A Slime Mold Called Le Blob

Justine Dees
Nov 5 · 14 min read

“Le blob” is what French researcher Dr. Audrey Dussutour calls the creatures she grows in her lab. She drew inspiration from “The Blob,” a 1958 American horror movie starring Steven McQueen about a giant alien from space that eats people and grows uncontrollably. It reminded her of her slime molds, minus the eating people part. Oh, and being an alien. Well, some folks have thought slime molds were aliens, but I’m getting ahead of myself. After Dr. Dussutour started using the name “le blob” for her slime molds, it caught on so much that now (almost) everyone calls them “le blob” or “the blob.” Naturally, there are always naysayers — some folks thought these slime molds should be addressed by their scientific name, Physarum polycephalum. But Dr. Dussutour says, “No one remembers that name. Everyone remembers the blob!”

So, get ready to learn about the blob! I had the absolute pleasure of interviewing Dr. Dussutour and learning about her work with slime molds. She explained her research, told some ridiculous and funny stories about these fascinating creatures, and shared about her ventures into writing a book, filming a documentary, and interacting with the public in her Facebook group about slime molds. I hope you enjoy my interview with her.

Question: Tell me a little bit about who you are and what you work on.

Answer: I started out working with ants and then worked with slime mold during my postdoc in Australia, where I studied their nutrition. Then, I took a position as a researcher in France at the Centre National de la Recherche Scientifique (CNRS) and brought the slime mold along. A student of mine wanted to work on slime molds after reading my paper on them, and I said, “I don’t work on slime molds,” but then we started again, and I really liked it, so we continued.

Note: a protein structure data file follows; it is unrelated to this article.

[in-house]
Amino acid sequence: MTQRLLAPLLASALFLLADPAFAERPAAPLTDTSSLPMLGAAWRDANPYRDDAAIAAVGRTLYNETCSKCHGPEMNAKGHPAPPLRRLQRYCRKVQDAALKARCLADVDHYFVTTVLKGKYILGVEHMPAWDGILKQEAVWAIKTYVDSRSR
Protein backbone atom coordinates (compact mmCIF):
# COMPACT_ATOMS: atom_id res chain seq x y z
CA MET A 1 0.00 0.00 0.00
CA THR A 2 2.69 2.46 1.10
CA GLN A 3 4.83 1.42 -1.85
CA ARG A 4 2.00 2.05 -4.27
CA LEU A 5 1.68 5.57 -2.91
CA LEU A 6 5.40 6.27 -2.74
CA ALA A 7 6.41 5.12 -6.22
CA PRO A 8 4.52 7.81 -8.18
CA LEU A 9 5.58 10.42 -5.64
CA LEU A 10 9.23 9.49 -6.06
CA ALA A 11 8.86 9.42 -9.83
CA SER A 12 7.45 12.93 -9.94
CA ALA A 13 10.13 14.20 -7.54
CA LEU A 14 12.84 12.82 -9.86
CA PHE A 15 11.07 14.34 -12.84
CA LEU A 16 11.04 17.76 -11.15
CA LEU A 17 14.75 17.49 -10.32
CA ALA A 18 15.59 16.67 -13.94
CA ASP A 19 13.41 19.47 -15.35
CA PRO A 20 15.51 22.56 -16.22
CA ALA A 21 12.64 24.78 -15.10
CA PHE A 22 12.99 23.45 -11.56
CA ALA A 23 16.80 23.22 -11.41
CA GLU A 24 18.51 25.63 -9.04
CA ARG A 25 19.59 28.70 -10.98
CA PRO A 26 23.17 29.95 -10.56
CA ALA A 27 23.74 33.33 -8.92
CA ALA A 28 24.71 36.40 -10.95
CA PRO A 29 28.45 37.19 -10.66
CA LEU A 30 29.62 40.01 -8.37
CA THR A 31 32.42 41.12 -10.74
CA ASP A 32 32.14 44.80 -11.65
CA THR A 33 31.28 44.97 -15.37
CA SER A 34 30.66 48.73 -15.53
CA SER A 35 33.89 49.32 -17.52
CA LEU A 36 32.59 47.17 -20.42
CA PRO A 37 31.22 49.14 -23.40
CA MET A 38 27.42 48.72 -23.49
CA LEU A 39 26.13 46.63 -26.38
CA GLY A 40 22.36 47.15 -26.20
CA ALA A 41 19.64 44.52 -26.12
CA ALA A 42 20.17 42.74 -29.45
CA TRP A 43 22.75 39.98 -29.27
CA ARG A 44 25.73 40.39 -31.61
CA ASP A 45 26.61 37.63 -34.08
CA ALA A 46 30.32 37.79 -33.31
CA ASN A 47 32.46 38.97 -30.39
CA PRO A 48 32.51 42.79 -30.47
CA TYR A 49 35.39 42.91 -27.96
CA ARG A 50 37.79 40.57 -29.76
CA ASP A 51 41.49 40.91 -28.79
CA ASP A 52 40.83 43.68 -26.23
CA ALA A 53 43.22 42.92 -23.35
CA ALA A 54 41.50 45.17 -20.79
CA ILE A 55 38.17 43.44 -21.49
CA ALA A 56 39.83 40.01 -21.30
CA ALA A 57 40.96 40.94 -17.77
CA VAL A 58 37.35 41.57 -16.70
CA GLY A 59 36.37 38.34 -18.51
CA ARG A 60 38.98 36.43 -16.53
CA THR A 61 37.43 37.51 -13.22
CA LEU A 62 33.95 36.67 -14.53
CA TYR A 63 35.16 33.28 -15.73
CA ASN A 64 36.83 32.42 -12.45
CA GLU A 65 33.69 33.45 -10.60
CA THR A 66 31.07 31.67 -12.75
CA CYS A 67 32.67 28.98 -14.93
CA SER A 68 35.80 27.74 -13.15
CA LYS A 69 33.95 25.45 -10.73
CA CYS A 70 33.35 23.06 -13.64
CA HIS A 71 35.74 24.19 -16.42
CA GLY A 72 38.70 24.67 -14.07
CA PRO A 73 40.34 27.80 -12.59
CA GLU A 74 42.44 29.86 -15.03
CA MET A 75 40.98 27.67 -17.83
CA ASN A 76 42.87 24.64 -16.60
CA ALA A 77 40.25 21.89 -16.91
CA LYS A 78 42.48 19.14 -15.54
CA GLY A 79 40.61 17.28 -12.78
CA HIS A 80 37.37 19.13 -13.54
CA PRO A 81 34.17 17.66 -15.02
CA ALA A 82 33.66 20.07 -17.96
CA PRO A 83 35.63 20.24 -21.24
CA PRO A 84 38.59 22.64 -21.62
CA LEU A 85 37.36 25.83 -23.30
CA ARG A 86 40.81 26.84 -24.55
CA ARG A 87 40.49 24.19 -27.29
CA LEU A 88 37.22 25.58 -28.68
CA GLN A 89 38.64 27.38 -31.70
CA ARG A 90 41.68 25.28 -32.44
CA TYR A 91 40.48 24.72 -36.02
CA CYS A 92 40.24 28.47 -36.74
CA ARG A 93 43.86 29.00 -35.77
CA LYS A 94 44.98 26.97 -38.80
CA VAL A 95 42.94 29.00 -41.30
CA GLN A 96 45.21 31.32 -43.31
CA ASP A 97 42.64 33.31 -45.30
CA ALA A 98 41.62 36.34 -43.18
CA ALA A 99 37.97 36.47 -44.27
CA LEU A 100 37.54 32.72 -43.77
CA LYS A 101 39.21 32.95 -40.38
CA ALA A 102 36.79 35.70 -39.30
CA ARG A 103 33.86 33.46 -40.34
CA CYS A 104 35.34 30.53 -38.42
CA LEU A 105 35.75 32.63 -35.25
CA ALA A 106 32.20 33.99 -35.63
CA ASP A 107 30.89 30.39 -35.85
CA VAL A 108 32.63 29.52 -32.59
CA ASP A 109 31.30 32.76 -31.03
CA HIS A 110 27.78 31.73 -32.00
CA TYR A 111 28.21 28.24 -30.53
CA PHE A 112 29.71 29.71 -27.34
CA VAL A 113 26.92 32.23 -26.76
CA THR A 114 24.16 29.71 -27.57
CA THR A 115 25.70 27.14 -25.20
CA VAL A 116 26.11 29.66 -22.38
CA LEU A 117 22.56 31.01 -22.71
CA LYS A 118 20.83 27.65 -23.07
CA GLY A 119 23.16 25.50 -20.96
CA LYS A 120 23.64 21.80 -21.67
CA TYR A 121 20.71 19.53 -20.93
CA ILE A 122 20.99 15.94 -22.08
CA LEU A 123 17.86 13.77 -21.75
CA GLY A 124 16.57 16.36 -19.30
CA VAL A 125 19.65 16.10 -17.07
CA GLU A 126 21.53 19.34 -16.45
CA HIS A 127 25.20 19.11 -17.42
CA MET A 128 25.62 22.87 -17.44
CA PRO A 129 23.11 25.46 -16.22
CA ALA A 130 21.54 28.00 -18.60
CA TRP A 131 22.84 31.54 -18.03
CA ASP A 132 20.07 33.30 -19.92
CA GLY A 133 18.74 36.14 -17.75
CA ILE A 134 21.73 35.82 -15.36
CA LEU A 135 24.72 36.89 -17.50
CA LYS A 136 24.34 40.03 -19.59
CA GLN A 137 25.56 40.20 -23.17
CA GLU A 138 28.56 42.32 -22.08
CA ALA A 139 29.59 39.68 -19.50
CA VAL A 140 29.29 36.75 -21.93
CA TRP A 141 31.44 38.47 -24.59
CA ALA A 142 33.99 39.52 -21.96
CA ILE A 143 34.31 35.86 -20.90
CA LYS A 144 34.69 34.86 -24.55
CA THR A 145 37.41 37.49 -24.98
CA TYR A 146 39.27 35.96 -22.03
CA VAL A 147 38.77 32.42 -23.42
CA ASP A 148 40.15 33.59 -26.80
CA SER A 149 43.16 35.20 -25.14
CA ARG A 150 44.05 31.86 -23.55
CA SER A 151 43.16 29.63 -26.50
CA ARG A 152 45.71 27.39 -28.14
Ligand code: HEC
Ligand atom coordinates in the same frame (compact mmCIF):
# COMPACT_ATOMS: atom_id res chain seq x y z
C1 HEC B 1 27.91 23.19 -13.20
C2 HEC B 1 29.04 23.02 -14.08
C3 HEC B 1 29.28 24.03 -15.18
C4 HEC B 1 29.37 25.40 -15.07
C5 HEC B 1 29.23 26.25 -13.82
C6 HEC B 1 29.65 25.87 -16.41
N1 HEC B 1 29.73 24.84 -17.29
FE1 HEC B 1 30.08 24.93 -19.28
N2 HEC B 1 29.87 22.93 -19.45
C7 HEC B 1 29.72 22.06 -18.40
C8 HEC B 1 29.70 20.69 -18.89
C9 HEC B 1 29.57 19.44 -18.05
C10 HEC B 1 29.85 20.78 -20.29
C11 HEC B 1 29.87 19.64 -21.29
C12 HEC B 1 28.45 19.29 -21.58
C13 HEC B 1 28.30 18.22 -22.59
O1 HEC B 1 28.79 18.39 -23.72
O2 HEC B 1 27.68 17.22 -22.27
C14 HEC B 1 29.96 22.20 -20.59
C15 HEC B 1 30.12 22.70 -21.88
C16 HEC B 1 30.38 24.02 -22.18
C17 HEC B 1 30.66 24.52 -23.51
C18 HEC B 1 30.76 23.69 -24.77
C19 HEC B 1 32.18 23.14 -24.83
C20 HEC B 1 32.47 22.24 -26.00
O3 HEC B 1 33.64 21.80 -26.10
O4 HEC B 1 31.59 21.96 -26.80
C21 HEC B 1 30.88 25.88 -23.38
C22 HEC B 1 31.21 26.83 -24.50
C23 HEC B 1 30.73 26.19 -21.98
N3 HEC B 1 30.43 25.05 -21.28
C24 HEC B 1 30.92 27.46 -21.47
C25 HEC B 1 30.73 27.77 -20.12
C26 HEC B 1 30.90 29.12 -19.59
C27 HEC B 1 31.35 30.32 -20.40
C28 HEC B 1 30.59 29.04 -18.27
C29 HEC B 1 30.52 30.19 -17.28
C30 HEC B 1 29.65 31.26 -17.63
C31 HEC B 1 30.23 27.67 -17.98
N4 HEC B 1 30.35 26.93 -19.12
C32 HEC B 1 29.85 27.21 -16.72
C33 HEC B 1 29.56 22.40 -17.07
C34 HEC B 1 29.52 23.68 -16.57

Question: What do you like about slime molds?

Answer: They are easier to work with than ants. You can have as many as you want, you can clone them by tearing off pieces, they never die, and you can run a lot of replicates — it’s really good to have a model that you can run a lot of experiments. With ants, you have to collect several ant colonies, and it might be difficult to find them in the field. But with slime molds, you can grow them, so you can have as many as you want, and they double in size every day. Also, you can put them in a dormant stage when you go away, so you don’t have to have someone to feed them for a while. However, you do need to feed them every day when you work with them, and they can escape and crawl around.

Physarum polycephalum aka le blob escaping Petri dishes. © Audrey Dussutour CNRS

They are quite fun and simple organisms, but at the same time, they are kind of smart. You can study decision-making and learning, even if they are single-celled organisms. They also can interact with each other: they leave cues when they move around, and the other ones can track these cues. They are very good at following gradients in their environments. Ants have a central nervous system, but slime molds being unicellular have no central nervous system.

It’s just a giant cell, with a ton of nuclei — it’s like a colony of nuclei.

Dr. Audrey Dussutour and le blob. © Audrey Dussutour CNRS

Question: What is a slime mold exactly?

Answer: First of all, there are two types, cellular and acellular. People always confuse them. They share the same name, but they have nothing to do with each other. We are working on acellular slime molds. They both belong in the kingdom Amoebozoa. They are super different, but that’s like saying we are all animals. The common point is that they both start their life as amoebas. The cellular slime molds, sometimes called social amoeba, are far more studied than acellular slime molds. They are super small and cannot be seen with the naked eye, but they can aggregate and form a multicellular slug. Joan E. Strassmann (Nature) showed that they have primitive agriculture with bacteria.